It is 10 AM the day after Day One of the Fest, and my body and my mind are reeling.
What I did, essentially, was stand alone in the back area of Soundstage Baltimore from 3pm-10pm and watch bands play.
I imagine this was disappointing to the venue owners, who wanted me to purchase alcohol or a “mocktail” or a bottled water (no free water). I knew I could not bring my own water, having been forewarned that the security was “thorough”. I saw a skateboarder being told his transportation to the show was not allowed to be brought into the show. I saw a (legal) weed holder asked to put that back in their car, please.
If this was a metal, bluegrass, or Indie Rock show, I don’t think commenting on the above would be of note; just the business of running a venue. But this is a hardcore show.
My relationship with hardcore punk goes back a long time. I first saw H20, one the day’s major attractions, at the first DC-area “Super Bowl of Hardcore” in 1996. As I heard many frontspeople welcome the new young people but also encourage them to learn about the history of the music and the culture, I myself feel, as always, like I need to learn more. My attraction to hardcore had to do with a wielding of extreme music with a firm ideology. There was a principled way to live your life. It wasn’t all just chaos (what I initially dug, the speed and the music going off the rails, like the guitar playing on “Filler”). But the principles you choose are up to you. Think about that and decide for yourself. Each song represents what one person (or one band) came up with as part of that eternal internal and external conversation, thought leading to action.
So, with that written, imagine the above was the person at the hardcore show reading off who the show was a benefit for and highlighting upcoming events and actions of note organized by the same group. Also know that I was a little bugged that this wasn’t the frame of the event, and all “frames” matter at a hardcore show. In any case, Ticketmaster did not get up and thank me for their ridiculous and unnecessary “fee” for the tickets and explain what they were going towards.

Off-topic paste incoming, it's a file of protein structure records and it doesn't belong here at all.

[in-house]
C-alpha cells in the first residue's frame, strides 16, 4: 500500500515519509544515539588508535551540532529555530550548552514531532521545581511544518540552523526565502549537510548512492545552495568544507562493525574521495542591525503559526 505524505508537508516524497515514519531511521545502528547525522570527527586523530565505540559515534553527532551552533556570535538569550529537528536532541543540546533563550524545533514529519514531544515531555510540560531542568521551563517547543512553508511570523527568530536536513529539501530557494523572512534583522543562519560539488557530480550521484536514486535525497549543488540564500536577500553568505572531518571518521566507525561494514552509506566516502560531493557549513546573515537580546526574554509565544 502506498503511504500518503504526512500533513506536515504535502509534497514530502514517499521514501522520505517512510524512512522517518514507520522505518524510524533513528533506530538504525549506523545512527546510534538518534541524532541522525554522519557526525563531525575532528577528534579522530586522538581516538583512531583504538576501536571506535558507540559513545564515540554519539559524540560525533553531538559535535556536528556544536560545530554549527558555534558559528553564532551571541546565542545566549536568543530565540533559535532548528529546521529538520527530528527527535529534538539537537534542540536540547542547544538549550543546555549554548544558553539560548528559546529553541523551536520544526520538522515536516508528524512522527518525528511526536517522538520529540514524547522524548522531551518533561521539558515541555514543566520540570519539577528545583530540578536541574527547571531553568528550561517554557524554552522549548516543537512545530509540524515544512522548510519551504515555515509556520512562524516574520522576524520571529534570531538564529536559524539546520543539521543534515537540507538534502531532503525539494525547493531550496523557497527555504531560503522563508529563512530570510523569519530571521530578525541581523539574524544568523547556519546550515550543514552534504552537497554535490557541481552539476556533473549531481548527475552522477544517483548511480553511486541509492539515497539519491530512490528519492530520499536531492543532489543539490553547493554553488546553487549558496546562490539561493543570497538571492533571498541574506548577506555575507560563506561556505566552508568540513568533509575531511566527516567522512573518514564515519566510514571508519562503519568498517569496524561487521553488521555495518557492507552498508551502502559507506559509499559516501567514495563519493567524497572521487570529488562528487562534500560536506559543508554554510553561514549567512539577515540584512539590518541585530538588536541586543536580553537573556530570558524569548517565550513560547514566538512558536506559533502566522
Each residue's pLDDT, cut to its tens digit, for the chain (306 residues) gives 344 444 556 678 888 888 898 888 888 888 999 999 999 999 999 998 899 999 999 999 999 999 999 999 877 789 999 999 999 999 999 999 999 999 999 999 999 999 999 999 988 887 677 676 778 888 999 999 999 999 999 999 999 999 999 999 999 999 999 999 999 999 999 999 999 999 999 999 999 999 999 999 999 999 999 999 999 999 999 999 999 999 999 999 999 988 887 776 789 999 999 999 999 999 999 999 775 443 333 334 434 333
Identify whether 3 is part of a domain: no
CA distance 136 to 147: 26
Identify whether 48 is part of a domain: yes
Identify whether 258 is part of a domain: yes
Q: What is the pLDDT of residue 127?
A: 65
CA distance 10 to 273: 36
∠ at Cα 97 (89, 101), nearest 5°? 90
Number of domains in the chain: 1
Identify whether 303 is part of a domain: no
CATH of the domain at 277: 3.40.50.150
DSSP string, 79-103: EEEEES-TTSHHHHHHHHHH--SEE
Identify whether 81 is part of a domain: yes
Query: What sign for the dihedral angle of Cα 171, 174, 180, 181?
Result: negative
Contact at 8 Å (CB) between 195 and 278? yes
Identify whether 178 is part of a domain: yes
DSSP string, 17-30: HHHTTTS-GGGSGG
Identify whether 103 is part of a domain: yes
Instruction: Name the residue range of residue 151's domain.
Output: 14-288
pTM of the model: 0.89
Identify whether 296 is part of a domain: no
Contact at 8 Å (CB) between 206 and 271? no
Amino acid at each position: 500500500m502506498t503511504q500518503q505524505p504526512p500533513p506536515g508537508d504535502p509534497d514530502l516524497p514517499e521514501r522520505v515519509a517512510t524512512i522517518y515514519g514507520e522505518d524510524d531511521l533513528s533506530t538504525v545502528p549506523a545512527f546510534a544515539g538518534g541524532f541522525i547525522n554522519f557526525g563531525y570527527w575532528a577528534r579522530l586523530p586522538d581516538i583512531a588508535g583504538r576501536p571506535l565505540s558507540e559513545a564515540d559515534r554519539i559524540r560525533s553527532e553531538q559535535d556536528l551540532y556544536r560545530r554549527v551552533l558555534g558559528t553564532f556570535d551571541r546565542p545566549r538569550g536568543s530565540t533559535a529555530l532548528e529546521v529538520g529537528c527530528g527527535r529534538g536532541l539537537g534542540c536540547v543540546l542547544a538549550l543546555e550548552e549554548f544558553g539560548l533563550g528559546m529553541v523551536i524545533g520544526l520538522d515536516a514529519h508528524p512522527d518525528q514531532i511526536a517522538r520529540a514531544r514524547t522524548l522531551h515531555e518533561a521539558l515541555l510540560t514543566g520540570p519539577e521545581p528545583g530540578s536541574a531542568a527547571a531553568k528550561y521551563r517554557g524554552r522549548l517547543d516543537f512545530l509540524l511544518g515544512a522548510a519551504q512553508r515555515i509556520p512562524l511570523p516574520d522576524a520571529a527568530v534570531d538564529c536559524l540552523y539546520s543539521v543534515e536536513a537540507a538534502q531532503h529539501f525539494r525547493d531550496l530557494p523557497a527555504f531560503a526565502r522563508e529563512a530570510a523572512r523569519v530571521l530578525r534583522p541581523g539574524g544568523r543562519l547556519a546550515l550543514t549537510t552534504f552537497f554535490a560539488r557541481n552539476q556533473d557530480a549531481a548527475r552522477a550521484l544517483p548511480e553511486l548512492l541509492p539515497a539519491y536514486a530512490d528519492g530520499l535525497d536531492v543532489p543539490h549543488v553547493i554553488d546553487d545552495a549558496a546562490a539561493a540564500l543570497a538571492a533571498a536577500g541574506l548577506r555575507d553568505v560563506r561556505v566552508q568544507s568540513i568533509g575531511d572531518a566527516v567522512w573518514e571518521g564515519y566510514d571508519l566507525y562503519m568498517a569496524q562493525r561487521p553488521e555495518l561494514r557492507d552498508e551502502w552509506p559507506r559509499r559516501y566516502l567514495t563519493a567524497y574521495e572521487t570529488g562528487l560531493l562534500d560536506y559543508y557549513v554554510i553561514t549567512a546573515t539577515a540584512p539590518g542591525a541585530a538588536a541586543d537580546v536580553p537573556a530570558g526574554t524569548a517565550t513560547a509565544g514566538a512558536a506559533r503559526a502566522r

Anyways… on with the show. Here are some highlights from the whirlwind heat and flash. Gasket was the first band to play. I have been meaning to see them for some time, and they did not disappoint. Buggin’ was great, noting that this was their “annual show” in Baltimore; I know at least one band drove from the Chicago area to play and were then heading straight back. When Section H8 took the stage, the whole venue shifted, the show entering a higher gear, like they were about to possess a rare “LA hardcore” Pokémon card. Jivebomb had that “back from tour/ back home” energy in full effect; this was my first time seeing them and they did not disappoint. Outburst were very much from Queens, irascible but lovable, representing the energy of the hardcore scene I remember from my younger days. H2O were as good in 2024 as they were in 1996.
And then, of course, Day One ended with End It, the hometown favorites bringing their particular brand of live show at a point in the night where everyone, after hours of being exhorted to move up, mosh, two-step, circle pit, and storm the stage, were ready to, and boy… did they. The amazing tightrope act that Akil pulls off, reacting in the moment, conversing with the crowd, while still delivering all the things a frontperson should in a hardcore band, is key to the whole thing not just ending in a ditch. The band also runs “defense”, straight up knocking the umpteenth stagediver back into the pit if they overstay their welcome. End It brung it and shut the night down properly, straight up.
And now, Day Two. Or should I type… Day Two? I honestly do not know if I am going to make it to the second day of Disturbin’ the Peace. As a Baltimorean, I know it is foolish to attempt to go downtown during the first AFC championship game held in this city in over fifty years. Do I attempt to go in solidarity with Seven Seconds, an act of defiance against the headwinds? Or do I go to see how many 2024 hardcore fans are also football fans, witnessing what decision they make about seeing their favorite band or the big game?
Again, all the above things would not be not worth mentioning if I was going to the Shrek Rave. But this is a hardcore show.
Will I make it? Tune in next time to find out.